The Board of Commissioners Face a Major Shake-Up in the Wake of Jackson County for All Campaign

JACKSON COUNTY, Ore. — Jackson County for All has exceeded its signature target of 10,500, altering the landscape of the Board of Commissioners, whose three members now face the possibility of having their salaries almost halved.

UPDATE: Jackson County Leadership: No Investigation By Oregon Secretary Of State

Denise Krause, the chief organizer of Jackson for All that spearheaded the signature drive, is campaigning for three ballot measures that will have a far-reaching impact on the Jackson County Board of Commissioners.


Ballot Measures Will Change the Political Flavor of the Board

The first ballot measure is to change the political flavor of the Board of Commissioners. Jackson County for All wants to see the board altered from partisan to non-partisan – this will allow voters who do not belong to any party to have the right to vote in primary elections.

Twenty-five percent of Oregon’s 36 counties, numbering nine, are partisan. Douglas County changed to non-partisan in 2006, and Klamath County in 2013.

The second ballot measure is to increase the number of board members from three to five. Jackson County’s three-member Board of Commissioners was created in 1853 when less than 4,000 people lived in the county. Since then, Jackson’s population has grown to 223,259, according to the U.S. Census Bureau.


Commissioners Salaries Will Be Almost Halved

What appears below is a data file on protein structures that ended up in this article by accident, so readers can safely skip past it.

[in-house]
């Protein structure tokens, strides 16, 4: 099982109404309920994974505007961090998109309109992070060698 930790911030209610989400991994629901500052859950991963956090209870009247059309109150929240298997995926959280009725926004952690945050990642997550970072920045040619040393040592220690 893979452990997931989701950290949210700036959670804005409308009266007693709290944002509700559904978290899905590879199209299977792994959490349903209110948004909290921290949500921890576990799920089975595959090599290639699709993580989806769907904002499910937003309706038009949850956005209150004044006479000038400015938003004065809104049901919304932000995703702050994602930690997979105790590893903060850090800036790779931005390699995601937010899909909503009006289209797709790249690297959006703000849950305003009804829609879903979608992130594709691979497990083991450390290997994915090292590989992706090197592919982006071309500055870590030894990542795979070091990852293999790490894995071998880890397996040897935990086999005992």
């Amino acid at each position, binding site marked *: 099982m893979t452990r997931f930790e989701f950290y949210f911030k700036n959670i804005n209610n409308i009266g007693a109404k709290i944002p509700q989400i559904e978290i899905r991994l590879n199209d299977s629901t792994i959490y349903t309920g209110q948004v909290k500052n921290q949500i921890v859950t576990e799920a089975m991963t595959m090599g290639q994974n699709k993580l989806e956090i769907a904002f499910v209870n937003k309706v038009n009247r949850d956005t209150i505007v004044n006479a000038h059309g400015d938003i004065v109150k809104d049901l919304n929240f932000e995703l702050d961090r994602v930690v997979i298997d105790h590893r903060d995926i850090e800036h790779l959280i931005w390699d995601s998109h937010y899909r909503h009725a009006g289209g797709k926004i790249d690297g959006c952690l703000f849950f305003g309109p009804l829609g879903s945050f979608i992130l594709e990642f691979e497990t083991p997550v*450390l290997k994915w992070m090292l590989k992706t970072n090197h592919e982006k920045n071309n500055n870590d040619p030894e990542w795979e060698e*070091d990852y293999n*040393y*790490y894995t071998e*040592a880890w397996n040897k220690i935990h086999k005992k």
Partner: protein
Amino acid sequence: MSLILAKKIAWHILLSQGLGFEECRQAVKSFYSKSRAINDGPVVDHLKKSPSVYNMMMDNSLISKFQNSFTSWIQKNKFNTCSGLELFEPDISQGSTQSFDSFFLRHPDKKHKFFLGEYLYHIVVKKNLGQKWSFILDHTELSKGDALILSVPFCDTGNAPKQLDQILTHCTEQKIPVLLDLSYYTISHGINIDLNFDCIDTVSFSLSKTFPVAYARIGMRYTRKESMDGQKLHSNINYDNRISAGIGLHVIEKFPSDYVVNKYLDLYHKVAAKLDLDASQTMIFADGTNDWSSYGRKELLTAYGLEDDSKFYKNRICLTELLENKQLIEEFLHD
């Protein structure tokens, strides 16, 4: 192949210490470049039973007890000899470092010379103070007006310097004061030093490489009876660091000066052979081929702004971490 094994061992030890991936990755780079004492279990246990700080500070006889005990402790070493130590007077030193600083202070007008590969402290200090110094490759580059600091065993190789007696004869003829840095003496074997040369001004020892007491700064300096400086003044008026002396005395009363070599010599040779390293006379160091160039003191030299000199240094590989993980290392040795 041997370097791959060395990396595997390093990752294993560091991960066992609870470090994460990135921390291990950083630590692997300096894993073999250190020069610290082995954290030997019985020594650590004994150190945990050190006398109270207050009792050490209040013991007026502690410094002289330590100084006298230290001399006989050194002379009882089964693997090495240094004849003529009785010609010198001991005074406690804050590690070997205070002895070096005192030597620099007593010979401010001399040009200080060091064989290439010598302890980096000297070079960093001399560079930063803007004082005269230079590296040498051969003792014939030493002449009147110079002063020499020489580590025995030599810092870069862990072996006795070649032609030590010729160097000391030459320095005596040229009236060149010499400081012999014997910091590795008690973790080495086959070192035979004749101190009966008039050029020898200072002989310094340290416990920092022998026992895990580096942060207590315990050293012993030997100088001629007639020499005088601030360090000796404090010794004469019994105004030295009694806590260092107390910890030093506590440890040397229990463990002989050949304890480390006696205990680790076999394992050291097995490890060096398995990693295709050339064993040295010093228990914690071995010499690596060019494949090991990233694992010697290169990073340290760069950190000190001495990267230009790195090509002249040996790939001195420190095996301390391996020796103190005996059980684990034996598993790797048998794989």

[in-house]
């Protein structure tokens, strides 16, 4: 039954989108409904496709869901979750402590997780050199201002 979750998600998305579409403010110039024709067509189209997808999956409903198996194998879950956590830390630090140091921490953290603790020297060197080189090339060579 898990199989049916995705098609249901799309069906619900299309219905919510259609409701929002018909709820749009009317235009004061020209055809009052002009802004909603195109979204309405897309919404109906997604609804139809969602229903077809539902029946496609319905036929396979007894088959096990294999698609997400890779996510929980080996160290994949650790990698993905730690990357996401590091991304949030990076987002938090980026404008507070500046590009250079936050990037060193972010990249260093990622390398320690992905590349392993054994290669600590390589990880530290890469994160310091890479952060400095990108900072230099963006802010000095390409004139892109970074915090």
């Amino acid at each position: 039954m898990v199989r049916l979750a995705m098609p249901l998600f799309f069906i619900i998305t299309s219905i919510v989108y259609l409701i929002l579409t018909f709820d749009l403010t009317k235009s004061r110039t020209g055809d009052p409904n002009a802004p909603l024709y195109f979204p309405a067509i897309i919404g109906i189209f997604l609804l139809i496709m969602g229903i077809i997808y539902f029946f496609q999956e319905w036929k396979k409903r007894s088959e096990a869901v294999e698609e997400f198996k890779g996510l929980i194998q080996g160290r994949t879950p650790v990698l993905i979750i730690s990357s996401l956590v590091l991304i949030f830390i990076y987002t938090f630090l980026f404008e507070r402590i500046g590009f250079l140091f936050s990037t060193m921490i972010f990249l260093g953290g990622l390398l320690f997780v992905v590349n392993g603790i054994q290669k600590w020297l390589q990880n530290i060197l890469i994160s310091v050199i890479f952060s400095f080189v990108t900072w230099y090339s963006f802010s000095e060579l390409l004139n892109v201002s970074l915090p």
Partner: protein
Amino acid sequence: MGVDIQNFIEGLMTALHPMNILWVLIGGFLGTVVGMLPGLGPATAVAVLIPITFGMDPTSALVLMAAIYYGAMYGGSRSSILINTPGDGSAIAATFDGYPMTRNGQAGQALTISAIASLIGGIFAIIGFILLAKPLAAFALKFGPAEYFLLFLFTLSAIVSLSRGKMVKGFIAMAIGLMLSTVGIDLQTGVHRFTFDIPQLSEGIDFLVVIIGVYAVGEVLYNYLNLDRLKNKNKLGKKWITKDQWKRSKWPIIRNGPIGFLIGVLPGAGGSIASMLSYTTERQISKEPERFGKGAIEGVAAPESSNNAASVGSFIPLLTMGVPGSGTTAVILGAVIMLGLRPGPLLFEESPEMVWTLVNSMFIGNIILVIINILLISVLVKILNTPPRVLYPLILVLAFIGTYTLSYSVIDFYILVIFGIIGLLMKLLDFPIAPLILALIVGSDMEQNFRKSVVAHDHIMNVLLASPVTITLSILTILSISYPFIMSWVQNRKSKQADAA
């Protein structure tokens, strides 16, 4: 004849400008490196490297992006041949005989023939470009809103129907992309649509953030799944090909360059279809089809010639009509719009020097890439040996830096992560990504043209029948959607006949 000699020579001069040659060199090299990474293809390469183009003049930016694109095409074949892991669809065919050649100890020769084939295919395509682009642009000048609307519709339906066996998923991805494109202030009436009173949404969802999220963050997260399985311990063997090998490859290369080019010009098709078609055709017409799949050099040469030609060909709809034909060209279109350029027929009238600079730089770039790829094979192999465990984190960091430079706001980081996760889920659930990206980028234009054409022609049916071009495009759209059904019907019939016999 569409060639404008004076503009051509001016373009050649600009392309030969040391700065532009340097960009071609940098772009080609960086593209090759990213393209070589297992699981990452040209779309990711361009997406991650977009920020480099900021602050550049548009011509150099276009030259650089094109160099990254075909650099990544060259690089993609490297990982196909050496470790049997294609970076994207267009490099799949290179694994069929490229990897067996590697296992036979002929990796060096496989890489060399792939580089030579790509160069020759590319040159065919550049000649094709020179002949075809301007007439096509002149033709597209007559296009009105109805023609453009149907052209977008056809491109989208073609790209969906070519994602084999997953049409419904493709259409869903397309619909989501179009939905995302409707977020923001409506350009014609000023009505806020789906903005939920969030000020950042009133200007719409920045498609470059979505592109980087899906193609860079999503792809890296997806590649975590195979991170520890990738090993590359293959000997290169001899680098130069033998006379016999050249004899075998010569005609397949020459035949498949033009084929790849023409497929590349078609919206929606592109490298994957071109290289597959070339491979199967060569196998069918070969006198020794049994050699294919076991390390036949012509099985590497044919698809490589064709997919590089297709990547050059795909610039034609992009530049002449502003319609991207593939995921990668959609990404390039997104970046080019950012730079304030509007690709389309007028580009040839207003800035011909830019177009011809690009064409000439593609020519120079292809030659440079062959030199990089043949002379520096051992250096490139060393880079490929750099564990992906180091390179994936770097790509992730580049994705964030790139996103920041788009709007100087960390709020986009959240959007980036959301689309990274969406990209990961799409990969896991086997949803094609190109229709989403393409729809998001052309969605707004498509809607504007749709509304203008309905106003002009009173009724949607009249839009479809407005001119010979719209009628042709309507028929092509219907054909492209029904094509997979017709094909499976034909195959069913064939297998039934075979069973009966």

The third ballot measure is to adjust the salaries earned by the commissioners. The three Jackson County commissioners are among the highest paid in the state, with take-home checks between $112,382.40 and $143,416.00. These amounts exclude paid benefits.

The ballot proposes that the salaries earned by the three commissioners be spread among a five-person Board of Commissioners. This move will reduce take-home paychecks to a level comparable to similar-sized Oregon counties.


10,700 Votes and Counting

To date, the three ballot measures have received the support of 10,700 Jackson County residents, sufficient signatures to ensure qualification for the primaries in May. Krause explains that while the Jackson for All campaign only needed 8,400, the orgabnisation was advised to collect 10,500 votes to compensate for possible duplications, ineligible voters, undecipherable signatures, or other possible issues. The organizers are still counting votes in favor of the three ballot measures.

Jackson for All supporters will meet at the County Courthouse at noon next Tuesday, 20 February, to officially hand over the signatures, one day before the qualification date for the 21 May primary elections.

Krause questions the need for the Board of Commissioners to occupy “palatial” offices, adding that she has repeatedly requested a costing breakdown and that this is information the public has a right to know.

She says the board’s offices are partitioned from the public with glass is “intimidating” to constituents. She wants to see the commissioners moved into smaller office accommodation and for the board members to become closely integrated with the public.

Krause, a Democrat, acceded that the Board of Commissioners could end up with five Republicans instead of the current three Republicans. She pointed out that non-partisan constituents make up most of the county’s population and if the ballot measures are successful, they will have the right to vote in the primaries for the first time.


Ballot Measures Will Cost Jackson County More Money

County administrator Danny Jordan says that if the ballot measures are accepted, it is likely that the staff complement handling the Board of Commissioners will have to be increased. An additional administrative assistant will probably also be required.

Other additional expenses, says Jordan, will be the added bill of $2,000 monthly for health coverage for each commissioner. More office space and equipment will probably also be required, says Jordan.


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